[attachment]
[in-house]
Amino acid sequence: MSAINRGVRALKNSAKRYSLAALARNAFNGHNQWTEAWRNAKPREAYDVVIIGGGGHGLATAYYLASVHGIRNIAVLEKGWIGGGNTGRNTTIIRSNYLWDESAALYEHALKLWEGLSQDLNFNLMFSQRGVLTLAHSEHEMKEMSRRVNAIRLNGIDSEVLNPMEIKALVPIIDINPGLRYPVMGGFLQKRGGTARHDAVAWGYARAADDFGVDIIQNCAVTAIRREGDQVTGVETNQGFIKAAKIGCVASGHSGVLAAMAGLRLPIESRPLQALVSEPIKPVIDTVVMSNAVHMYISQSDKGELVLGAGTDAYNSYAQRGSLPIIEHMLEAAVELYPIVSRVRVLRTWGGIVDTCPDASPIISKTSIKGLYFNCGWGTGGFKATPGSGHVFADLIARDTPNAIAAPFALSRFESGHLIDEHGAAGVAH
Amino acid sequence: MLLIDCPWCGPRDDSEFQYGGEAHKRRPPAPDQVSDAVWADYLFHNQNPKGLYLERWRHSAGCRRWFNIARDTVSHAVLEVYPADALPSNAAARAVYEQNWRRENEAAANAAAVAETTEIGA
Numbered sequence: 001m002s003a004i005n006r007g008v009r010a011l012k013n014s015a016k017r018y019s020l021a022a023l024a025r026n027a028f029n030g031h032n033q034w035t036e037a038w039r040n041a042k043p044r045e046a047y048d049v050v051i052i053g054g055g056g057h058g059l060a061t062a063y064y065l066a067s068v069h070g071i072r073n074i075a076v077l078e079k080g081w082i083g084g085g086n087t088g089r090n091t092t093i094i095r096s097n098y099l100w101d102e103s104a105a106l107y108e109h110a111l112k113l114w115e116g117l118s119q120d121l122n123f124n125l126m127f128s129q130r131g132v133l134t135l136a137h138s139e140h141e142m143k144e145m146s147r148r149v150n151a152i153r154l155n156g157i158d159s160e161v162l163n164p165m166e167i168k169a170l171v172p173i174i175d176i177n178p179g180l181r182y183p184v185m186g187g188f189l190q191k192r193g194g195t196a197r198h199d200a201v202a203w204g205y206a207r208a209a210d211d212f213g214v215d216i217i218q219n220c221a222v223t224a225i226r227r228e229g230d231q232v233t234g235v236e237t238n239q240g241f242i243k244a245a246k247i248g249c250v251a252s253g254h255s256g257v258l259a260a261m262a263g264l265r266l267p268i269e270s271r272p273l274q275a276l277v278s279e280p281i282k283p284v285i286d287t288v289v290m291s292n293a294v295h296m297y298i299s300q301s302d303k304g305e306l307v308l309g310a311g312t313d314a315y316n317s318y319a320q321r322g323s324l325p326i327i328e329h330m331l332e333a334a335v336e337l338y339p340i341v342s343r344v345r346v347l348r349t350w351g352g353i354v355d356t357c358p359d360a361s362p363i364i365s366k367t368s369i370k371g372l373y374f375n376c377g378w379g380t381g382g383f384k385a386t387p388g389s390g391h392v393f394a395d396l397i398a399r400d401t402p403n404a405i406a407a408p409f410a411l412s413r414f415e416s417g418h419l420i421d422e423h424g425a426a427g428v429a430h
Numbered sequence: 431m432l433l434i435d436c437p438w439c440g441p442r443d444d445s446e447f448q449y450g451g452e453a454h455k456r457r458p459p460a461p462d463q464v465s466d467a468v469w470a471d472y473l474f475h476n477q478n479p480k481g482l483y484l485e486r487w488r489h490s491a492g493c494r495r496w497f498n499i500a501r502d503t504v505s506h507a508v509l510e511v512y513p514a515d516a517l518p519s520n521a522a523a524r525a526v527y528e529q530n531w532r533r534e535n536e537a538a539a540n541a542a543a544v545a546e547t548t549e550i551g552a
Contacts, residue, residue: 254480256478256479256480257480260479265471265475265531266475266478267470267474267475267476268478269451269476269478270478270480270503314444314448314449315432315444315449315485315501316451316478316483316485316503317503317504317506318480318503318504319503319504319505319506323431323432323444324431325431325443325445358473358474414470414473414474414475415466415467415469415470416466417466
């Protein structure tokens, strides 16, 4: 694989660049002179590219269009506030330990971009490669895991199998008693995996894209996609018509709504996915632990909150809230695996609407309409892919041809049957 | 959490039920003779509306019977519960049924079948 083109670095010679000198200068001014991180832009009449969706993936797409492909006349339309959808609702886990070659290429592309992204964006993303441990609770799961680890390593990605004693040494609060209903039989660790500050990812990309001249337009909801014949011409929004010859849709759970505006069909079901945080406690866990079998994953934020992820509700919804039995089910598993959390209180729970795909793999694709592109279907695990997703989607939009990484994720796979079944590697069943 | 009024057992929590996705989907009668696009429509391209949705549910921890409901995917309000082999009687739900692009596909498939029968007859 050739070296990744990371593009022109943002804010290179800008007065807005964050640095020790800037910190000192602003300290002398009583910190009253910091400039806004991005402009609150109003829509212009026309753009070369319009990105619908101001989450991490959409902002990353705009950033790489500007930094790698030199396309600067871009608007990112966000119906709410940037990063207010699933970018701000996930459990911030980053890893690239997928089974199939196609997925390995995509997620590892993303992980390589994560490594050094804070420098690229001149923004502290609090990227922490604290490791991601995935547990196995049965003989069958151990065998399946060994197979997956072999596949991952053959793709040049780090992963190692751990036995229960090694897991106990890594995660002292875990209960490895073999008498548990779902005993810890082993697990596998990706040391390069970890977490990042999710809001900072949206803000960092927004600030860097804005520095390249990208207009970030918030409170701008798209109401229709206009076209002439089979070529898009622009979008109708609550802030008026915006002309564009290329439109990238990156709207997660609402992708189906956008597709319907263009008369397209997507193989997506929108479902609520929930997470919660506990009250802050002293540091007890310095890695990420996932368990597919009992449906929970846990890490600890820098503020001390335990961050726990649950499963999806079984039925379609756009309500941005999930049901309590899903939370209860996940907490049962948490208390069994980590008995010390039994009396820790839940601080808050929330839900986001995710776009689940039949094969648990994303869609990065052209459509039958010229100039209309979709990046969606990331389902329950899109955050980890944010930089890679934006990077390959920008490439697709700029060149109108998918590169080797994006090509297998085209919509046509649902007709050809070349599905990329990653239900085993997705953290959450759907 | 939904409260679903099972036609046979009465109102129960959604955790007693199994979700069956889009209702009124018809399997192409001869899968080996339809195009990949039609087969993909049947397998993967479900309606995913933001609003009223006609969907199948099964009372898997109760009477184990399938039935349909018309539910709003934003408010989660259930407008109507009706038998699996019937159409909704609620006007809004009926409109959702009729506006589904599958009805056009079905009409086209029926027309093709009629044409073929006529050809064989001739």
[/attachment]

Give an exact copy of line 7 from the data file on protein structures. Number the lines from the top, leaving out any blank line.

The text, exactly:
């Protein structure tokens, strides 16, 4: 694989660049002179590219269009506030330990971009490669895991199998008693995996894209996609018509709504996915632990909150809230695996609407309409892919041809049957 | 959490039920003779509306019977519960049924079948 083109670095010679000198200068001014991180832009009449969706993936797409492909006349339309959808609702886990070659290429592309992204964006993303441990609770799961680890390593990605004693040494609060209903039989660790500050990812990309001249337009909801014949011409929004010859849709759970505006069909079901945080406690866990079998994953934020992820509700919804039995089910598993959390209180729970795909793999694709592109279907695990997703989607939009990484994720796979079944590697069943 | 009024057992929590996705989907009668696009429509391209949705549910921890409901995917309000082999009687739900692009596909498939029968007859 050739070296990744990371593009022109943002804010290179800008007065807005964050640095020790800037910190000192602003300290002398009583910190009253910091400039806004991005402009609150109003829509212009026309753009070369319009990105619908101001989450991490959409902002990353705009950033790489500007930094790698030199396309600067871009608007990112966000119906709410940037990063207010699933970018701000996930459990911030980053890893690239997928089974199939196609997925390995995509997620590892993303992980390589994560490594050094804070420098690229001149923004502290609090990227922490604290490791991601995935547990196995049965003989069958151990065998399946060994197979997956072999596949991952053959793709040049780090992963190692751990036995229960090694897991106990890594995660002292875990209960490895073999008498548990779902005993810890082993697990596998990706040391390069970890977490990042999710809001900072949206803000960092927004600030860097804005520095390249990208207009970030918030409170701008798209109401229709206009076209002439089979070529898009622009979008109708609550802030008026915006002309564009290329439109990238990156709207997660609402992708189906956008597709319907263009008369397209997507193989997506929108479902609520929930997470919660506990009250802050002293540091007890310095890695990420996932368990597919009992449906929970846990890490600890820098503020001390335990961050726990649950499963999806079984039925379609756009309500941005999930049901309590899903939370209860996940907490049962948490208390069994980590008995010390039994009396820790839940601080808050929330839900986001995710776009689940039949094969648990994303869609990065052209459509039958010229100039209309979709990046969606990331389902329950899109955050980890944010930089890679934006990077390959920008490439697709700029060149109108998918590169080797994006090509297998085209919509046509649902007709050809070349599905990329990653239900085993997705953290959450759907 | 939904409260679903099972036609046979009465109102129960959604955790007693199994979700069956889009209702009124018809399997192409001869899968080996339809195009990949039609087969993909049947397998993967479900309606995913933001609003009223006609969907199948099964009372898997109760009477184990399938039935349909018309539910709003934003408010989660259930407008109507009706038998699996019937159409909704609620006007809004009926409109959702009729506006589904599958009805056009079905009409086209029926027309093709009629044409073929006529050809064989001739």